Both Ukraine and Britain have blamed the Russian government for orchestrating assassinations on their territory, including the failed attempt on Babchenko.
The plot outlined by Ukraine’s intelligence service this week, in which Russian intelligence allegedly aimed to kill dozens of Russian dissidents living in Ukraine starting with Babchenko, has the ring of truth, said John Sipher, a CIA officer formerly based in Moscow.
“The Russian desire to do this makes sense. Outsourcing someone to do it makes sense. Intelligence services setting up a sting makes sense,” Sipher told VICE News. “It looks real.”
In 2006, the Russian government legalized the targeted killing of people living abroad who pose a terrorist threat, although the Kremlin has never admitted actually using the law to kill anyone. Russian officials have always denied any specific allegations.
But two years ago, an inquiry led by British authorities accused the FSB, a Russian spy agency, of poisoning an ex-Russian intelligence officer, Alexander Litvinenko, with a radioactive isotope called polonium 210. “The FSB operation to kill Mr. Litvinenko was probably approved by [then FSB director] Mr. Patrushev and also by President Putin,” British investigators wrote.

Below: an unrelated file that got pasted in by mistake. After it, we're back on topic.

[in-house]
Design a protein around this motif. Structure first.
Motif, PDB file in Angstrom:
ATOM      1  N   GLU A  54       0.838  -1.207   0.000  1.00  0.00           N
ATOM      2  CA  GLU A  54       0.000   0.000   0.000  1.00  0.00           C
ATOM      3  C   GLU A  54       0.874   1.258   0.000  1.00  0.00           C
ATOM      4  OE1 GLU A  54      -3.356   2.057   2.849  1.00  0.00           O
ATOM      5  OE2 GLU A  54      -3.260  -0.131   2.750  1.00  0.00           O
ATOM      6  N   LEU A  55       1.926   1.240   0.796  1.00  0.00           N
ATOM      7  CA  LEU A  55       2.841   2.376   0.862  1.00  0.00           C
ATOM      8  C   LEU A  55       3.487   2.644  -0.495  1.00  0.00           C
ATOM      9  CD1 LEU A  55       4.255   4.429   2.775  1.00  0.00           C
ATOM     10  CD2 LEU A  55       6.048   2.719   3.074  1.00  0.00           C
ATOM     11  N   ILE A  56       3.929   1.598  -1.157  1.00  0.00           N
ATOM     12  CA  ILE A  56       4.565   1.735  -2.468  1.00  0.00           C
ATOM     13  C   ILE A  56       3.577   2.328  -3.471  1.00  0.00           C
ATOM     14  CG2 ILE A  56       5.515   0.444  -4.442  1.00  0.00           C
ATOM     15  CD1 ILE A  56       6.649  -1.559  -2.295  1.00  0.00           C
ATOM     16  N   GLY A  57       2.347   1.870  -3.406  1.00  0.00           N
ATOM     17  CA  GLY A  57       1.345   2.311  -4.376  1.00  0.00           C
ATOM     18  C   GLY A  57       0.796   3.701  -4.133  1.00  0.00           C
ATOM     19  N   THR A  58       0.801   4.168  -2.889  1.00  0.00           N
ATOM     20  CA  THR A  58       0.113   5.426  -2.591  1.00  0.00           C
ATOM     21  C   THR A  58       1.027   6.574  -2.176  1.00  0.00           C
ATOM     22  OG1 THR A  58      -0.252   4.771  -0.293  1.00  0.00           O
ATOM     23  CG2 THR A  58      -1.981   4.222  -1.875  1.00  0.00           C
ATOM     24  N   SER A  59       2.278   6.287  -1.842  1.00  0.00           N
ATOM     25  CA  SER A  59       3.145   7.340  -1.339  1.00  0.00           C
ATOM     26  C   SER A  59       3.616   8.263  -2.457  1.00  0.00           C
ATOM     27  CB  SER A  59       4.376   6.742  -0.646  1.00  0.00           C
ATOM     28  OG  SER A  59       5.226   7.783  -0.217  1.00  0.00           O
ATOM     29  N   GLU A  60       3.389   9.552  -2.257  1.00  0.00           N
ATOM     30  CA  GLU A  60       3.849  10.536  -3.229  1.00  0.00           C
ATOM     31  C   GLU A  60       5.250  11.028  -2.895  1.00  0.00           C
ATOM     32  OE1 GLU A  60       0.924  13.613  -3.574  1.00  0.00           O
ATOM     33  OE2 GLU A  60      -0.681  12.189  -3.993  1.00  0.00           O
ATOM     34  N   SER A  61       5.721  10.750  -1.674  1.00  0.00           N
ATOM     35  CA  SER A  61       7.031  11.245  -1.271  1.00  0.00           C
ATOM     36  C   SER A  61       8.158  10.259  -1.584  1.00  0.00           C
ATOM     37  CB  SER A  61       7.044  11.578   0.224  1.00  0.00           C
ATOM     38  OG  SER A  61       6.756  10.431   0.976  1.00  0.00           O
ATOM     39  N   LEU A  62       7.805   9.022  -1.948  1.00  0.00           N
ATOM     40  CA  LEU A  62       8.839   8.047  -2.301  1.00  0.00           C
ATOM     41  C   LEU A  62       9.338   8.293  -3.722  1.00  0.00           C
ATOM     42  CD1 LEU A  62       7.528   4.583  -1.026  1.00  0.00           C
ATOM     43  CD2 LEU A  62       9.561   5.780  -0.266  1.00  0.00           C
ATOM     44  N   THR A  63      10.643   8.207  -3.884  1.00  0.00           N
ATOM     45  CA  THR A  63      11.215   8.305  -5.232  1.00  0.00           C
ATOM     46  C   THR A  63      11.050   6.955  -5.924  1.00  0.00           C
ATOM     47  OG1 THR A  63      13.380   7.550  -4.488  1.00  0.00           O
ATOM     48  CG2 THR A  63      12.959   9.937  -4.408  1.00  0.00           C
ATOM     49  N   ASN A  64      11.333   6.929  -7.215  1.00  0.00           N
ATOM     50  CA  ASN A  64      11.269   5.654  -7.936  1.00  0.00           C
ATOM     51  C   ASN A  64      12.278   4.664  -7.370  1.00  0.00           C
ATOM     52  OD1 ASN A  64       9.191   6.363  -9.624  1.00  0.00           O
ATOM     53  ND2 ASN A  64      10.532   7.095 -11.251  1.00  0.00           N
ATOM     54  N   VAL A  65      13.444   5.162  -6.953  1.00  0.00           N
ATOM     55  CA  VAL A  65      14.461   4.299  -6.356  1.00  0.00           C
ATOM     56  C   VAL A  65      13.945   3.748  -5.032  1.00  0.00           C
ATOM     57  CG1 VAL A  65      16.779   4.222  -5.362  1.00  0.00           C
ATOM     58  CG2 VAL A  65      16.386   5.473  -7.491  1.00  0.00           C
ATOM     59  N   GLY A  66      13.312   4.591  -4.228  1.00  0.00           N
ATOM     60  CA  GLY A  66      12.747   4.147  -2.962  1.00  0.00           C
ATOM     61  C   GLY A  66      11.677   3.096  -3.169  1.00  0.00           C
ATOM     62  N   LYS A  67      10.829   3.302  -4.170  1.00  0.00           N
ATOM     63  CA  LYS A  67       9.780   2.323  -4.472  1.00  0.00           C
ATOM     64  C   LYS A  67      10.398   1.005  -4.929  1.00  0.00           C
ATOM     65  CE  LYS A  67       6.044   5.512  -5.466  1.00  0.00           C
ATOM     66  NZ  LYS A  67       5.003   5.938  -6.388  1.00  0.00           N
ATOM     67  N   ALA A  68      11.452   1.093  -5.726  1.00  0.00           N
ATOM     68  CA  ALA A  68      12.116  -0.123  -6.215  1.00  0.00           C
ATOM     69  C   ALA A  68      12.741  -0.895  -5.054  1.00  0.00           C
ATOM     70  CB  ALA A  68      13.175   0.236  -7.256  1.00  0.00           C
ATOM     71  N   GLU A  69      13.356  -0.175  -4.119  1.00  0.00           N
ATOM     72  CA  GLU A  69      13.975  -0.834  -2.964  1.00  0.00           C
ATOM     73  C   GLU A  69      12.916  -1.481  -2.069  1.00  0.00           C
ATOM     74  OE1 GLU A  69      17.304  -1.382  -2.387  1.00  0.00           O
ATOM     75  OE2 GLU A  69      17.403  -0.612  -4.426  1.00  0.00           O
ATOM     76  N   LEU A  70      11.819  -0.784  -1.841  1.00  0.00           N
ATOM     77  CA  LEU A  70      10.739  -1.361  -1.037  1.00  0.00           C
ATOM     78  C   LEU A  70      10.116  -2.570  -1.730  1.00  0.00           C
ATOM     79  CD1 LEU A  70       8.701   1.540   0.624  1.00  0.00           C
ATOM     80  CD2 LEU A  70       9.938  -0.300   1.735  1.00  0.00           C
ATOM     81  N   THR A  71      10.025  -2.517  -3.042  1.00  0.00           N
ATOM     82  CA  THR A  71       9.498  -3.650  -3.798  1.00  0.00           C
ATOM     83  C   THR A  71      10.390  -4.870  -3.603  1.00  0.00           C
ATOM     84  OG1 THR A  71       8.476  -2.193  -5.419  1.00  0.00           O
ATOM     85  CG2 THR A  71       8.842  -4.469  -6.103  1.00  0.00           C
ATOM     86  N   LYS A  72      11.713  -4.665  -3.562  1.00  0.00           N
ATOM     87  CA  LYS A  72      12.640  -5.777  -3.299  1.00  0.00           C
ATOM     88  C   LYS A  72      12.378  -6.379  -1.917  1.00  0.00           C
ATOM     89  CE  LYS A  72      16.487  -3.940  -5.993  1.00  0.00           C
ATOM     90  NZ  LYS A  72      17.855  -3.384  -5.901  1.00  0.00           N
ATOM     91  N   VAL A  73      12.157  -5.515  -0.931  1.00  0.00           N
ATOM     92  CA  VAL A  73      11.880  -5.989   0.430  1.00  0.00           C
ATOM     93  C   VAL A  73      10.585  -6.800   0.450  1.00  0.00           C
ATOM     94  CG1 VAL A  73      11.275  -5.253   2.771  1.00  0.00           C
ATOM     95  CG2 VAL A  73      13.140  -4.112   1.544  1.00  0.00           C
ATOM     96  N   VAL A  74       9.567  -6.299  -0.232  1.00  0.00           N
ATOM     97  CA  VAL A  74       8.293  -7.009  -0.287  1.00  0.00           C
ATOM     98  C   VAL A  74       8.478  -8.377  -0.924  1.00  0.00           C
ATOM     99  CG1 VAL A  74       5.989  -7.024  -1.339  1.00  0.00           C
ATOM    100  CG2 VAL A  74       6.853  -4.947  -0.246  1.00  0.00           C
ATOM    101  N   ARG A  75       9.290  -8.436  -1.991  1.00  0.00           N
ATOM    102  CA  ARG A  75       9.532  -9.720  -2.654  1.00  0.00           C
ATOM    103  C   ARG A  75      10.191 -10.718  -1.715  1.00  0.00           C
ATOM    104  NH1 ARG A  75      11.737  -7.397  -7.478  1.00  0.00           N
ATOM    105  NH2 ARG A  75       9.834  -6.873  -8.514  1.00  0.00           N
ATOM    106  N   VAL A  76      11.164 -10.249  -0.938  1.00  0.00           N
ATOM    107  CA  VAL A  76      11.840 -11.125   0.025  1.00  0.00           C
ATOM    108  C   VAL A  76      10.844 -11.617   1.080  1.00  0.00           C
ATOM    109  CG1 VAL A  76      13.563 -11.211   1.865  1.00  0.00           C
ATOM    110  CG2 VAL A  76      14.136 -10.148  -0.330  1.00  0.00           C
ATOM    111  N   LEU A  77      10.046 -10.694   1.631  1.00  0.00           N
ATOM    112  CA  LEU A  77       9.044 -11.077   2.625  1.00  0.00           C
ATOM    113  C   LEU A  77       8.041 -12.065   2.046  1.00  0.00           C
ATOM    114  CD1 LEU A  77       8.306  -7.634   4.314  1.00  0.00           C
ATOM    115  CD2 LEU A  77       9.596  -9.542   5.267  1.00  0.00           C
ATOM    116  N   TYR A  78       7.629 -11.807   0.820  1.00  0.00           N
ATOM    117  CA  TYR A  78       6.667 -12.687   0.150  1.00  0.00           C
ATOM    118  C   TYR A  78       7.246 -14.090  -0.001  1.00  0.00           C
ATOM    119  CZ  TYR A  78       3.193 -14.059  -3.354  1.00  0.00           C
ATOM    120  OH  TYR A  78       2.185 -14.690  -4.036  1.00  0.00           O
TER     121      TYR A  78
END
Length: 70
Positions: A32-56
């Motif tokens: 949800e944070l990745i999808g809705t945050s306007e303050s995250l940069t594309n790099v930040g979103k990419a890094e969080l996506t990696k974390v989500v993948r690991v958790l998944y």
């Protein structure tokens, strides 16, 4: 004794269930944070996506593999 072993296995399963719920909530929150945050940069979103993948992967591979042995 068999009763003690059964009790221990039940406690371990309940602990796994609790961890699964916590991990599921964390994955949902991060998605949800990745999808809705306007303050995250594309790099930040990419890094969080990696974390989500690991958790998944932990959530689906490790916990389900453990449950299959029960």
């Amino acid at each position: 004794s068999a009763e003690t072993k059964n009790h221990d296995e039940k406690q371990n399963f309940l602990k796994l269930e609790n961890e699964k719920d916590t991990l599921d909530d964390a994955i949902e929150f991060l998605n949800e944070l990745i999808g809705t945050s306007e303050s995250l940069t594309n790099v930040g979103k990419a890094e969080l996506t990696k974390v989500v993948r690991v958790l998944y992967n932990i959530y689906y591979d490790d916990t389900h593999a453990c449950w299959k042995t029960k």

“Intelligence services setting up a sting makes sense.”
In March, Britain accused Moscow of using a rare chemical agent to poison the former Russian intelligence officer Sergei Skripal, along with his daughter, in a botched assassination attempt in the English town of Salisbury.
In Ukraine, just two years ago, a car bomb killed Pavel Sheremet, a journalist born in Belarus who had published articles critical of the authorities in Russia, Ukraine and Belarus. The killing remains unsolved. In 2017, The New York Times reported a botched assassination targeting a volunteer fighter in the conflict in eastern Ukraine by a man from the Russian region of Chechnya posing as a French journalist.
“It was necessary”
The elaborate ruse has sparked criticism from those who argue it undermined journalists’ credibility, and stretched the limits of credible police investigations.
Valentyn Nalyvaichenko, a former head of the SBU, said the “bizarre charade” should never have been authorized.
“The Ukrainian government was completely wrong to lie to international leaders about such a serious matter,” he said. “While I headed the SBU, such methods would never be accepted and we never operated this way.”